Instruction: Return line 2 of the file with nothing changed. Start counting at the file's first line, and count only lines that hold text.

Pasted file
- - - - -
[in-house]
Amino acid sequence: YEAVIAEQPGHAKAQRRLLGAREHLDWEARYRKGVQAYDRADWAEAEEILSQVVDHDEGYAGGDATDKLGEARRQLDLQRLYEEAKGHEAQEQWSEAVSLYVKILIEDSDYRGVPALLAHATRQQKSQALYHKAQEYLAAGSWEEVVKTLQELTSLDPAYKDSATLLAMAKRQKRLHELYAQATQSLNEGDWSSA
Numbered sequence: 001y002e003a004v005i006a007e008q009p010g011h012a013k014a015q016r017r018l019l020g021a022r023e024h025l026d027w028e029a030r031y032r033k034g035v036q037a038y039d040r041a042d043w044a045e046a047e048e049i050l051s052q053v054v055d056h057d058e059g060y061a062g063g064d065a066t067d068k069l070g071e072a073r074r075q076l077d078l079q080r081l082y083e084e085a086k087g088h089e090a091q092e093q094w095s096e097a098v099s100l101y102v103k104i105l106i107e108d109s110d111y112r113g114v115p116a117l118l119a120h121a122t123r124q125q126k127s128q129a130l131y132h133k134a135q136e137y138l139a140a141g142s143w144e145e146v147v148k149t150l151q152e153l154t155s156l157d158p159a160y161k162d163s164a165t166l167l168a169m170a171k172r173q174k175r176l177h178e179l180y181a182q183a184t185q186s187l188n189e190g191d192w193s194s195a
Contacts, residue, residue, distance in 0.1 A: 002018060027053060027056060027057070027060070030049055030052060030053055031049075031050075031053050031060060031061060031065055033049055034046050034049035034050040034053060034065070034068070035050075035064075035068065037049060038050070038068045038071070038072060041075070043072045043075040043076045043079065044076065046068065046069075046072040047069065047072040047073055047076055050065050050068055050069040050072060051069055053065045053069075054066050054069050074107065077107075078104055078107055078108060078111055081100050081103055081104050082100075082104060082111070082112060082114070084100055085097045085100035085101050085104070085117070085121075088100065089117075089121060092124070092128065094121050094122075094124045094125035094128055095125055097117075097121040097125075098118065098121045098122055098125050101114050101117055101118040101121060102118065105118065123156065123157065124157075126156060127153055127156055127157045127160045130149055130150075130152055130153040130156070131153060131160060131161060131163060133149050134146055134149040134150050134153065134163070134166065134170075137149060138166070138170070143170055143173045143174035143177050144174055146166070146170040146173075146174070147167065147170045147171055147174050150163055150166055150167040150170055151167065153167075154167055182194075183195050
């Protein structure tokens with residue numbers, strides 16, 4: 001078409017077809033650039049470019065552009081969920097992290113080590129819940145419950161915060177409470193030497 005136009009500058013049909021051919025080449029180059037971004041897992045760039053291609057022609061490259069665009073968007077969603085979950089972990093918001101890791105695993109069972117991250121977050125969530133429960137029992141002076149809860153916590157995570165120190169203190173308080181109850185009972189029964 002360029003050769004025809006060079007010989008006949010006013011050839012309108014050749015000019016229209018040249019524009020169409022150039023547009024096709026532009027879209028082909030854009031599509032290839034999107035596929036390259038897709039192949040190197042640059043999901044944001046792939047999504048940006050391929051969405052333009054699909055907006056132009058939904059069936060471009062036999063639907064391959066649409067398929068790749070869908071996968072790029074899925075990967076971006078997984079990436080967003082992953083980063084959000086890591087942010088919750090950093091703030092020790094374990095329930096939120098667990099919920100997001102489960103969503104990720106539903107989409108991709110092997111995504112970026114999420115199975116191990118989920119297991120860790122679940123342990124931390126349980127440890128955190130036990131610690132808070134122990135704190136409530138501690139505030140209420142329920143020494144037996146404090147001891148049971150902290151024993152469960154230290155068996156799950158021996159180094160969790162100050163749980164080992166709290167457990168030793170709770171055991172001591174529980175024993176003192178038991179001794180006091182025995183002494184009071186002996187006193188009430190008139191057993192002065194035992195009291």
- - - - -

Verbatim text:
Amino acid sequence: YEAVIAEQPGHAKAQRRLLGAREHLDWEARYRKGVQAYDRADWAEAEEILSQVVDHDEGYAGGDATDKLGEARRQLDLQRLYEEAKGHEAQEQWSEAVSLYVKILIEDSDYRGVPALLAHATRQQKSQALYHKAQEYLAAGSWEEVVKTLQELTSLDPAYKDSATLLAMAKRQKRLHELYAQATQSLNEGDWSSA